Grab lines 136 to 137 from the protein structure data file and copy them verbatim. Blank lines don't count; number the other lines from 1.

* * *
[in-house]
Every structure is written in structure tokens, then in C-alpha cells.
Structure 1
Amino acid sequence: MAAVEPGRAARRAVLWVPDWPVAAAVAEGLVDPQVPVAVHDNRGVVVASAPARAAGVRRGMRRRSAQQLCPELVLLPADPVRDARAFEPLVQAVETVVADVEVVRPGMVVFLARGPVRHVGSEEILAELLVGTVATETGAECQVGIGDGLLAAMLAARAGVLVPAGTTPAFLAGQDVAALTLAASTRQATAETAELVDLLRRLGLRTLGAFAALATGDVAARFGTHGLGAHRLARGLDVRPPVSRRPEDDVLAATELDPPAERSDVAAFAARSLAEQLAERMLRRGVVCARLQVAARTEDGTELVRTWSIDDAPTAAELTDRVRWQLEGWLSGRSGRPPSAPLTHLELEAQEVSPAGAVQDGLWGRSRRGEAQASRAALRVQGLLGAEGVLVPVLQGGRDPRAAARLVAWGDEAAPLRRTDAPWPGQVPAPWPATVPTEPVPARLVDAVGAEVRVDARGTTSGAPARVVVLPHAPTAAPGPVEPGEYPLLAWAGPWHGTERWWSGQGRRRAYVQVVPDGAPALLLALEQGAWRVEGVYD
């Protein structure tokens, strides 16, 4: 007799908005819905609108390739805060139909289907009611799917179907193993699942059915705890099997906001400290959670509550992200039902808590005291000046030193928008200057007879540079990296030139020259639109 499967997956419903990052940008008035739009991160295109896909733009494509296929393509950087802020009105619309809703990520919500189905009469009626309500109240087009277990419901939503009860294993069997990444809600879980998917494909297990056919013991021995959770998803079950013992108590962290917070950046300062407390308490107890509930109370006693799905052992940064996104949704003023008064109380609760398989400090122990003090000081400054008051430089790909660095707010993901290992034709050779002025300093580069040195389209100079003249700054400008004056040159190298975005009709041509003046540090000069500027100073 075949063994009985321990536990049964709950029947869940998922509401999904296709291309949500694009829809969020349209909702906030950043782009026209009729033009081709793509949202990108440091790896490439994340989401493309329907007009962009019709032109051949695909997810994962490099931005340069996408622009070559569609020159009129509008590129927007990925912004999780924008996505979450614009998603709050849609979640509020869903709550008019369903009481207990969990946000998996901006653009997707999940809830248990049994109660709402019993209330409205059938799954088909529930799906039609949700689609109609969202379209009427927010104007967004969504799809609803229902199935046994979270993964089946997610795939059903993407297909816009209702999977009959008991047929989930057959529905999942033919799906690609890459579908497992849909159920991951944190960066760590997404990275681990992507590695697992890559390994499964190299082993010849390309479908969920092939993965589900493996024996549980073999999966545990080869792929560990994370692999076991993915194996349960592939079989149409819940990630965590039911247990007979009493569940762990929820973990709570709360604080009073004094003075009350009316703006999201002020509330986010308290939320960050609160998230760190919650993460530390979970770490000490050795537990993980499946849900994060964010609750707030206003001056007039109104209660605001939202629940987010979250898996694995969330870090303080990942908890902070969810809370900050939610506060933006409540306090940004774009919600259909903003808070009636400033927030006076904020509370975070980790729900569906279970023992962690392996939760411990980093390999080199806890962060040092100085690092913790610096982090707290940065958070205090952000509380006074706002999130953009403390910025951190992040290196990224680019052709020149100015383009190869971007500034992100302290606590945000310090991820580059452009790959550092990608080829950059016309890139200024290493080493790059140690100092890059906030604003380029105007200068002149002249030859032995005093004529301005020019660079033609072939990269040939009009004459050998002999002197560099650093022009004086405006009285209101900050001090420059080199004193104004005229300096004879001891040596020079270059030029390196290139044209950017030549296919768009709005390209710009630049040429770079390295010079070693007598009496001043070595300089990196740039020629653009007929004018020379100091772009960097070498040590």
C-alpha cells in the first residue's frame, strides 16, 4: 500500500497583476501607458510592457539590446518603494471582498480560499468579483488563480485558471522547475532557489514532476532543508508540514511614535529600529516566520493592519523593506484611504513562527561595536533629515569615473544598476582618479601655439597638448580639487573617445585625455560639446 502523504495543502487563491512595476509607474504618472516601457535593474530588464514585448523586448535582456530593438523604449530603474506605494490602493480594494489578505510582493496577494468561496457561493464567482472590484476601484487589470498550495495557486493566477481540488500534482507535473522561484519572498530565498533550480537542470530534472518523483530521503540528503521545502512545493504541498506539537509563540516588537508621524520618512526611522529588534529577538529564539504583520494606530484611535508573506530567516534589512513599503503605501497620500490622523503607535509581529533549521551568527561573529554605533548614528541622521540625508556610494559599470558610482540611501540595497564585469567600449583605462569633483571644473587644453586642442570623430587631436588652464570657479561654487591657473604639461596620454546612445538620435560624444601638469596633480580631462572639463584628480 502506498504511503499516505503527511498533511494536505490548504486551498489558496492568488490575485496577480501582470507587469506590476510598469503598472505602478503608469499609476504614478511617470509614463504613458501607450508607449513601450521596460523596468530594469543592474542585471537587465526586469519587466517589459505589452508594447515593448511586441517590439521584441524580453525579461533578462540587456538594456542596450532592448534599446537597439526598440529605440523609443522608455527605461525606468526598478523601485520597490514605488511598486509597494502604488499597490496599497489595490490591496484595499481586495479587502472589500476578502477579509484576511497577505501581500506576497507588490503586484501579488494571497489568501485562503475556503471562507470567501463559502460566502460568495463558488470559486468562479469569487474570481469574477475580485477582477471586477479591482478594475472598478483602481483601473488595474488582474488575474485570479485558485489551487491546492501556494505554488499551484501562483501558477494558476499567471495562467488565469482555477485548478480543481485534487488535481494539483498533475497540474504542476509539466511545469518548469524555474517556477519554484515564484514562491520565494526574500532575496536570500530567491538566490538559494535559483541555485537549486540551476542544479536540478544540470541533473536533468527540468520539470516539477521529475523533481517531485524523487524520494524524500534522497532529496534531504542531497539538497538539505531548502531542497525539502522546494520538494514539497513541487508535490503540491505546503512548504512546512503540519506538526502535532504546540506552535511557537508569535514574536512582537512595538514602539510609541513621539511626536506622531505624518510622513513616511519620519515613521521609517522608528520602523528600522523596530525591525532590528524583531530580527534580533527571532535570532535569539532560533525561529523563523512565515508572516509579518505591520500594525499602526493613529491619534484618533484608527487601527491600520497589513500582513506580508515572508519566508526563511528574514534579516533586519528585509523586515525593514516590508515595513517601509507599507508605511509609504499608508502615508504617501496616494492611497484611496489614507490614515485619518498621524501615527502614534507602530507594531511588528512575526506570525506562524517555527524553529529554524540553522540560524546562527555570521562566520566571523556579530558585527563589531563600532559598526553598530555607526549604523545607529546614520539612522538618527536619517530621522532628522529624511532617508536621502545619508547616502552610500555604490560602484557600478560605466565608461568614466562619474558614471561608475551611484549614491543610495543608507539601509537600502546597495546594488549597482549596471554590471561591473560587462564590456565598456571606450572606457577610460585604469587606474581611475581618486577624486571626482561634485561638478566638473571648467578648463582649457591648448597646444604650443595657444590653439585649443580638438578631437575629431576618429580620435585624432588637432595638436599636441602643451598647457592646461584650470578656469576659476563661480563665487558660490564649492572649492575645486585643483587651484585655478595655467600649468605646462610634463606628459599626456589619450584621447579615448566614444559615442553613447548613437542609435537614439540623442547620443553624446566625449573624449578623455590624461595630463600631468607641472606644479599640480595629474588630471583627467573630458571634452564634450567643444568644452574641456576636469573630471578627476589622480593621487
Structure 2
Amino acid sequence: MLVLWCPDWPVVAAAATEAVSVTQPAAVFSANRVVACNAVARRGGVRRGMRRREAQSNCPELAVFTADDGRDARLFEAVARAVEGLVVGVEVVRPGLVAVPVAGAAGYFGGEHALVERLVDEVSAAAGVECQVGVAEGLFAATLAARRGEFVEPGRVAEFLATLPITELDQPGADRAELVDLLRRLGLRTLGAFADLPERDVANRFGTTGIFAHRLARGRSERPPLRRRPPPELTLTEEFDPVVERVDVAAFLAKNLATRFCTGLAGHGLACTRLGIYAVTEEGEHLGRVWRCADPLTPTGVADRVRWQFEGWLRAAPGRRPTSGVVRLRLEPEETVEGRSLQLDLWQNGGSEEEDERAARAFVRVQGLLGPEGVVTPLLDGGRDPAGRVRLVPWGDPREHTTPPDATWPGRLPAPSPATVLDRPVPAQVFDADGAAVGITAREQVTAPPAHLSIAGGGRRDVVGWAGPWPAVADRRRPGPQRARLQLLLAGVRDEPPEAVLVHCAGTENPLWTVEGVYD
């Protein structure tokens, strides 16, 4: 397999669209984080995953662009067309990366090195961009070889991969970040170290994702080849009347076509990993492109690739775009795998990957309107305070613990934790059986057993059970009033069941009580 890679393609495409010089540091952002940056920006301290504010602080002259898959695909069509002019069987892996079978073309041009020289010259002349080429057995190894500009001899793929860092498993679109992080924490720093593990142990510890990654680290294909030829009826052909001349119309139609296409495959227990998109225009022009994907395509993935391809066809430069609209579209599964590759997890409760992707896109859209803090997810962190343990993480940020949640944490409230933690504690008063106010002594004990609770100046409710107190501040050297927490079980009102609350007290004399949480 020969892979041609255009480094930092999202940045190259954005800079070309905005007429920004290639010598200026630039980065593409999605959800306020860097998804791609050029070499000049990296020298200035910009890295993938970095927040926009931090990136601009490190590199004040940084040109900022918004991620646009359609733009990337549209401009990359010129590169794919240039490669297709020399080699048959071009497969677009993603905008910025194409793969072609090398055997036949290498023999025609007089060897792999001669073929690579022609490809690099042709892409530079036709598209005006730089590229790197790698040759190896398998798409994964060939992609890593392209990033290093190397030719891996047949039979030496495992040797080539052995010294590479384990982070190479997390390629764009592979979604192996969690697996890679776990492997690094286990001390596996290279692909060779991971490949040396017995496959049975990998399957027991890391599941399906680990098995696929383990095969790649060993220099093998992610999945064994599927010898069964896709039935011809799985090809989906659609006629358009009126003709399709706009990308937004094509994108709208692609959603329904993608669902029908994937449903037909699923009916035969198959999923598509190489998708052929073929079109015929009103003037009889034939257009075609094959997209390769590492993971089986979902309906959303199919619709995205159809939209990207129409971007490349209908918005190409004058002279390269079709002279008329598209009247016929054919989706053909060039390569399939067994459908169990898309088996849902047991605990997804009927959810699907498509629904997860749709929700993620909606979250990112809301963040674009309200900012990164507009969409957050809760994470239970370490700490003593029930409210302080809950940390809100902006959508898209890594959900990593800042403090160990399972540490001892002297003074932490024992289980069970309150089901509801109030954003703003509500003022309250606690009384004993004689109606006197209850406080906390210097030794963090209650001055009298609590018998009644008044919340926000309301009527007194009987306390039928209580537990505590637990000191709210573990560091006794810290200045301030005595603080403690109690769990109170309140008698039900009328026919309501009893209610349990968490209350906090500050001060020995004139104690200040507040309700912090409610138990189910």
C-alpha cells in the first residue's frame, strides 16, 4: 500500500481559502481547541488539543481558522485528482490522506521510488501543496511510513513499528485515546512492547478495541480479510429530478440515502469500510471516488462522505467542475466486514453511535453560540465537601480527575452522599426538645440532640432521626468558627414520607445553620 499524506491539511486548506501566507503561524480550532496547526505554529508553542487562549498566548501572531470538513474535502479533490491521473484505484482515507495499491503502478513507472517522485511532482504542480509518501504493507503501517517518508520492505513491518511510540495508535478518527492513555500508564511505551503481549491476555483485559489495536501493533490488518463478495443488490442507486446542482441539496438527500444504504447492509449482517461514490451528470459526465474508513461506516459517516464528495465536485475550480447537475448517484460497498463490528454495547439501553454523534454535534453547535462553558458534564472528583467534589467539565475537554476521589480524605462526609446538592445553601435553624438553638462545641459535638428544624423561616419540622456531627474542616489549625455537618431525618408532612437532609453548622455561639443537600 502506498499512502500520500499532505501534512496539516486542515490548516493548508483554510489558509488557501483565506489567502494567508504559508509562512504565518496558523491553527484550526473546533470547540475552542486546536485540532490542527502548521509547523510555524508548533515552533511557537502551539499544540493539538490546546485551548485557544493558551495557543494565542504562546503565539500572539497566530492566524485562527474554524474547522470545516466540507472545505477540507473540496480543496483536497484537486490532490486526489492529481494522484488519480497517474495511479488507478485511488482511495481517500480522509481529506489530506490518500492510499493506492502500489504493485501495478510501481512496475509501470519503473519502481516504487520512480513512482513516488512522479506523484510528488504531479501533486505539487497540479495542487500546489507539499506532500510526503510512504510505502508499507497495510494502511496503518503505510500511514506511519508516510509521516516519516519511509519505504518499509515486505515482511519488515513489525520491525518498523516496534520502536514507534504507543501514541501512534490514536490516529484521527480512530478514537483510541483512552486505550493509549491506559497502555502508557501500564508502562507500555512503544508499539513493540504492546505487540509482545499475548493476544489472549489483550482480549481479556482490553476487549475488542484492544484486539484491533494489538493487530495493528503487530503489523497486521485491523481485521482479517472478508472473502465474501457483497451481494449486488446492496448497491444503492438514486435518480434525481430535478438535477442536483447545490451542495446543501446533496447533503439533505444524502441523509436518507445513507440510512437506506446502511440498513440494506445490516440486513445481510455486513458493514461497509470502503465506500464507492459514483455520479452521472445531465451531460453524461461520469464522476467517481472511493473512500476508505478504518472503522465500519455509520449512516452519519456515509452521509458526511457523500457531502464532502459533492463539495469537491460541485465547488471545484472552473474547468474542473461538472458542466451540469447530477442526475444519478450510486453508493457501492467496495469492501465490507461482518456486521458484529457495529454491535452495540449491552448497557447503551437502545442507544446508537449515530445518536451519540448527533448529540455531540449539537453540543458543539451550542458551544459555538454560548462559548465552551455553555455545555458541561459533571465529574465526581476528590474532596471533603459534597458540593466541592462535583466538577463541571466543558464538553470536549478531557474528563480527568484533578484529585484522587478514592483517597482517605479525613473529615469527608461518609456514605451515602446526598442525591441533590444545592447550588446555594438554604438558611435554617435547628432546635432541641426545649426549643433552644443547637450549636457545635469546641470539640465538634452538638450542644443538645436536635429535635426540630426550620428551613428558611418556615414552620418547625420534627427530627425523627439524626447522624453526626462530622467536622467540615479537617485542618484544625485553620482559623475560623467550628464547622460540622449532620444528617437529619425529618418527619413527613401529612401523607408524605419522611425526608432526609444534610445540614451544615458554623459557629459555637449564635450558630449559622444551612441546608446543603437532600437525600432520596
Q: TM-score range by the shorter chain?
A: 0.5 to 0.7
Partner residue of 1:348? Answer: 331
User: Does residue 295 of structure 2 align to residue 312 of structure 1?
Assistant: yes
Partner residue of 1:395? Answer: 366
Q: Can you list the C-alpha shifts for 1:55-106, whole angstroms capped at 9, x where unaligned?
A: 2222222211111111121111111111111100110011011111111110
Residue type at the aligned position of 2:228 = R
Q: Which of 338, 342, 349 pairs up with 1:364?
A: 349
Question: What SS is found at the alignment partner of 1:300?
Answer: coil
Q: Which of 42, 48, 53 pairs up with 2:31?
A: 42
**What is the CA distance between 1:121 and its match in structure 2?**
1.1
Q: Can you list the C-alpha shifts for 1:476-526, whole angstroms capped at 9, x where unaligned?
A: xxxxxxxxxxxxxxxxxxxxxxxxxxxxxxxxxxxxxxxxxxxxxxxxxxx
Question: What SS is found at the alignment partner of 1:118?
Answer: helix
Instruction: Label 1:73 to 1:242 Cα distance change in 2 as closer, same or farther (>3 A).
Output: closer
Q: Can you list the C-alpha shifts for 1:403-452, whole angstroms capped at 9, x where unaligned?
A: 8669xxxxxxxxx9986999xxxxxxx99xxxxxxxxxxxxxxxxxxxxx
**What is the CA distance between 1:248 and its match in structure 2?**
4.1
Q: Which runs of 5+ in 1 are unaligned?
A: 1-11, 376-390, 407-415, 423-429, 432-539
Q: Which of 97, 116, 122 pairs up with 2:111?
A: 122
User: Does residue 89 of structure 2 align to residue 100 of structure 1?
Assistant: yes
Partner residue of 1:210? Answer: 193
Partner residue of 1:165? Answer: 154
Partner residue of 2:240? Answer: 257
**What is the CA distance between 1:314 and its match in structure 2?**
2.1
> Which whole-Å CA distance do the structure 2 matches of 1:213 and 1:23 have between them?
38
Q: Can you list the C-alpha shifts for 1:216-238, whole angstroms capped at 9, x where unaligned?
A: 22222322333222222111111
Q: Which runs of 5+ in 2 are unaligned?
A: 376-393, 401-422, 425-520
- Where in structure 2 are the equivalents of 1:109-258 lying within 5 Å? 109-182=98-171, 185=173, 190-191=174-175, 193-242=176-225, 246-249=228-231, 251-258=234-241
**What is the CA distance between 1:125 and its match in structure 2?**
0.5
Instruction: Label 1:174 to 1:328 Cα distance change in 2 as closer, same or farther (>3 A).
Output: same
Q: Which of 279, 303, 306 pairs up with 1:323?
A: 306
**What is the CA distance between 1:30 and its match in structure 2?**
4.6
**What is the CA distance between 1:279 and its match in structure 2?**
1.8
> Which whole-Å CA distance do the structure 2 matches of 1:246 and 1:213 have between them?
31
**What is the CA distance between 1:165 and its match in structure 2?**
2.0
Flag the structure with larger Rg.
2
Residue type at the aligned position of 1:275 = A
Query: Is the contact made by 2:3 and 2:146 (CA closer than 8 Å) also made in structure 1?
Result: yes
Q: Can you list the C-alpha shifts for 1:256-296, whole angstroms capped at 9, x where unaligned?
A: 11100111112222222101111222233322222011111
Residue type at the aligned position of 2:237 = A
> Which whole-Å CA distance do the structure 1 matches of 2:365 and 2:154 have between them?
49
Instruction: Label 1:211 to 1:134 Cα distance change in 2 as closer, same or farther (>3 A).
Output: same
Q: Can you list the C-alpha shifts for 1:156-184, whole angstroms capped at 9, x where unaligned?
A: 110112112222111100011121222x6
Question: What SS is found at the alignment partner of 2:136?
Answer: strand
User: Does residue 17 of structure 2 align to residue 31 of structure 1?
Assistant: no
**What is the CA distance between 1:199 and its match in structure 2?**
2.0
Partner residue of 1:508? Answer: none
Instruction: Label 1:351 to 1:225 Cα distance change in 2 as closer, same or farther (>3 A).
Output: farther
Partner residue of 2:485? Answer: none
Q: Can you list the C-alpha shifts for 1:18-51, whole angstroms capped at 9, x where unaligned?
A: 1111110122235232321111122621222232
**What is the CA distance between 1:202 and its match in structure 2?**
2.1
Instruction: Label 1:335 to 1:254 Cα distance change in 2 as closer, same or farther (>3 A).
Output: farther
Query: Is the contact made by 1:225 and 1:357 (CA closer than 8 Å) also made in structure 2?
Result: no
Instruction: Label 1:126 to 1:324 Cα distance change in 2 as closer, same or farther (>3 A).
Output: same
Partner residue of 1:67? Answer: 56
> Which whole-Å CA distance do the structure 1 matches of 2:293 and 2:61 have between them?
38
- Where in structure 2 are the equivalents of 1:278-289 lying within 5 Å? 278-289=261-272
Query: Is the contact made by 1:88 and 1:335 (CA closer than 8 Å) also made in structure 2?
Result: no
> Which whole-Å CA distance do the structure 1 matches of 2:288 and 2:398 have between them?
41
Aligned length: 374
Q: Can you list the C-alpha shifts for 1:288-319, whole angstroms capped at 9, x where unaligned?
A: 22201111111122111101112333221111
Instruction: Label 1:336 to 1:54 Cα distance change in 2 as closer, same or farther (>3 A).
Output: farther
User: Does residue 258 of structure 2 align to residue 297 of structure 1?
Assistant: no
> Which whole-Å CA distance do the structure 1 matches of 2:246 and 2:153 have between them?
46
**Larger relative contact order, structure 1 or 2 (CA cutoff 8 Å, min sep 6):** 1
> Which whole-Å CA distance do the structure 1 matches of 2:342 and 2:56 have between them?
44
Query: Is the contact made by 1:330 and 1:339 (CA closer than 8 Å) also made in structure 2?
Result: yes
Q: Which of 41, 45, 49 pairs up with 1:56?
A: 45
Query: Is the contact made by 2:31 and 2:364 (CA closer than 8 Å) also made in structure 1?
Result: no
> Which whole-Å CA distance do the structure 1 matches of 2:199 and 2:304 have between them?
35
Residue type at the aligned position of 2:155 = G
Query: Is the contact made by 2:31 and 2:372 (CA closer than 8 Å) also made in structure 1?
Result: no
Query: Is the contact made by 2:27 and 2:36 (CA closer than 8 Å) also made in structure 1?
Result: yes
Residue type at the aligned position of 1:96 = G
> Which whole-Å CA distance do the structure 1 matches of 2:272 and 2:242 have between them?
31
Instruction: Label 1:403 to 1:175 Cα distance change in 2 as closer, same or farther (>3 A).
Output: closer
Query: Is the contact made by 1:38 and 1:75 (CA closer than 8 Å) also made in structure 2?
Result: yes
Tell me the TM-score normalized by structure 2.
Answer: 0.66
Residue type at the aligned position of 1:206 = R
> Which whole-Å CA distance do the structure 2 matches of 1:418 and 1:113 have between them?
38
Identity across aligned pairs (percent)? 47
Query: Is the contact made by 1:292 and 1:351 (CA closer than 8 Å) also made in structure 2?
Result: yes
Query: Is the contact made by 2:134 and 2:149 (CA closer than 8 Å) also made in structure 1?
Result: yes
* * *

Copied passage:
Result: yes
Residue type at the aligned position of 1:96 = G